Within that, they want to raise benefits up to 100% of the federal poverty line. Let me tell you the numbers once again. Remember, the federal poverty line is $13,590 each and every year divided out as of right now, I should say as of 2022. Remember, last year it was $12,880. Again, an effective raise of $710 over the course of the year.

All right. Anyway, let’s talk this through on a monthly basis now. So $13,590 of annual income divided by twelve months comes out to $1,132 each and every month, which would ultimately be an effective raise of $290 every single month versus the actual maximum benefit right now for SSI beneficiaries. The maximum benefit right now for SSI beneficiaries is $841. Well, if we were to raise that up, it would actually be a $291 raise, $841 up to $1132 every single month, as in $1,132 every single month is a difference of $291.

So as you can see here, it’s a pretty big difference. The simple fact once again that Congress did not act on this last year, the raise would have been last year. If they would have actually implemented this, it would have been a raise of $232 each and every month. So simply because they didn’t act, it’s about what is that $59 raise? I think I’m doing the mental math correctly.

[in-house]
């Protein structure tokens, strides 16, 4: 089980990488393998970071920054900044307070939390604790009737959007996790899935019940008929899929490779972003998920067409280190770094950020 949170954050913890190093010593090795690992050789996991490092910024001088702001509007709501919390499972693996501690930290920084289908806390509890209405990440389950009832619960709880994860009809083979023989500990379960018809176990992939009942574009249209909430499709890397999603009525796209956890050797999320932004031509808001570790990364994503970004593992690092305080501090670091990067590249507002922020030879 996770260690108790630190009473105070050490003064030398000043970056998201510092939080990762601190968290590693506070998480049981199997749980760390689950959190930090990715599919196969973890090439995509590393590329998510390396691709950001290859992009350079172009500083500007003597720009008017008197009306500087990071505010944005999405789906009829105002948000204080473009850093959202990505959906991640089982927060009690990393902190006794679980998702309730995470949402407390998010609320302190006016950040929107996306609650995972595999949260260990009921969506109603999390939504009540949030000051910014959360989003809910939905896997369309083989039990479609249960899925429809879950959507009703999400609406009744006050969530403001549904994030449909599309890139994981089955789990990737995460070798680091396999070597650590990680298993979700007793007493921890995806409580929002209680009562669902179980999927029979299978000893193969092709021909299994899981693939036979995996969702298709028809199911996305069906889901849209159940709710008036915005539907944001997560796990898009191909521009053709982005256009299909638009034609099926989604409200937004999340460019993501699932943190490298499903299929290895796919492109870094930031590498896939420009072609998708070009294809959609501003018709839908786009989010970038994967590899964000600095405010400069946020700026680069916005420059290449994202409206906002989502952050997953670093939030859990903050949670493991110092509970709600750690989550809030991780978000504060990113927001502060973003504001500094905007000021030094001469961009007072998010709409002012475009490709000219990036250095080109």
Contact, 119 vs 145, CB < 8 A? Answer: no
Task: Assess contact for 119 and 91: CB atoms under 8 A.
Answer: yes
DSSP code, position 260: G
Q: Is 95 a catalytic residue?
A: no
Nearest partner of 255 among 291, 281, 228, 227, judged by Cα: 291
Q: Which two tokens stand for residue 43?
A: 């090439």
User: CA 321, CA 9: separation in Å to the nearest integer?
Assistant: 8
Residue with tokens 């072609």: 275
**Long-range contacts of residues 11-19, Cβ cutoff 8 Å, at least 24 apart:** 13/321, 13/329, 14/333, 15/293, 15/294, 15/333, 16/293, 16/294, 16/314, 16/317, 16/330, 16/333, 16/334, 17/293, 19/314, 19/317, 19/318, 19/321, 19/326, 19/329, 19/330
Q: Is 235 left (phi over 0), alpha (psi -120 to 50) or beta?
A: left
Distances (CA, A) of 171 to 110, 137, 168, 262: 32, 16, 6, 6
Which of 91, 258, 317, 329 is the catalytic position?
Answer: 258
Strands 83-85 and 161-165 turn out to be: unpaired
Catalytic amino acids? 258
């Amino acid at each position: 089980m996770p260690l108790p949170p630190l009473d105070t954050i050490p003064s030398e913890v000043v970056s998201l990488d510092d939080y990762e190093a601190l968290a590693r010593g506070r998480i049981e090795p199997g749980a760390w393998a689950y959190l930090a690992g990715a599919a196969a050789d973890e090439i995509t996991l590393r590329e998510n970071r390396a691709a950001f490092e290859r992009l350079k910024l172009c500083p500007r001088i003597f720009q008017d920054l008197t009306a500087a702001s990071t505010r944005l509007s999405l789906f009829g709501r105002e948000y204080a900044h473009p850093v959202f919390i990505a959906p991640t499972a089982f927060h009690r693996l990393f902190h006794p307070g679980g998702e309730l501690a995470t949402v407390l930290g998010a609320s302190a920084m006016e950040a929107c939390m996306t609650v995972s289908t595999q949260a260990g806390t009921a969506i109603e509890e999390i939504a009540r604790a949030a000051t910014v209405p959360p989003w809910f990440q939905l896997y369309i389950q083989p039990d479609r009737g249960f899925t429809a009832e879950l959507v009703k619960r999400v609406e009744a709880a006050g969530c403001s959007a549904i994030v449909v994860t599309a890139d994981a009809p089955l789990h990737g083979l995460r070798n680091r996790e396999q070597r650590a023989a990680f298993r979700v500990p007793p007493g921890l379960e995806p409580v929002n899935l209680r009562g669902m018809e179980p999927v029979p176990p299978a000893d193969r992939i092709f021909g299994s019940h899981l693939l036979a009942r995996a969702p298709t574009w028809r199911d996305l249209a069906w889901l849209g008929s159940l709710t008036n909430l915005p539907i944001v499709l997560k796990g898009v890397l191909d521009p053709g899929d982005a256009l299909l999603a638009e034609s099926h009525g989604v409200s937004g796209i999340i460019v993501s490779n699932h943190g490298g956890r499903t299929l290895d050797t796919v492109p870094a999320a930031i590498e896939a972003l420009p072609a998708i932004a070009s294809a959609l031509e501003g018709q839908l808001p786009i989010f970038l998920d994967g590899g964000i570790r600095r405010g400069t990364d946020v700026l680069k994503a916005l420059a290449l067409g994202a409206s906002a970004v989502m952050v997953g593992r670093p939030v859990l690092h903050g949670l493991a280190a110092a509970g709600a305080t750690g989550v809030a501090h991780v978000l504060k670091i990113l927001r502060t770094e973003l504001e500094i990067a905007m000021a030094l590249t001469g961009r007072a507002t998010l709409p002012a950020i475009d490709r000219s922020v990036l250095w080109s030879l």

Yeah. It’s a $59 raise every month simply because Congress didn’t act last year. Right. So I always feel like when you don’t act, you got to pay. Right.

In this case, Congress, they didn’t act, therefore pay up. Right. And it’s actually going to be in the benefit of the fixed income beneficiary anyway. Ultimately, it’s kind of a cool thing. So the federal poverty line being adjusted to that $13,590 ultimately results in a pretty substantial and honestly, a pretty healthy raise for a lot of people.

This would be actually very beneficial for millions and millions of beneficiaries.

This would be some pretty cool stuff. Right. Just think of what that would do. Let me give you a quick example really fast here. Let’s just say that you’re an SSI beneficiary.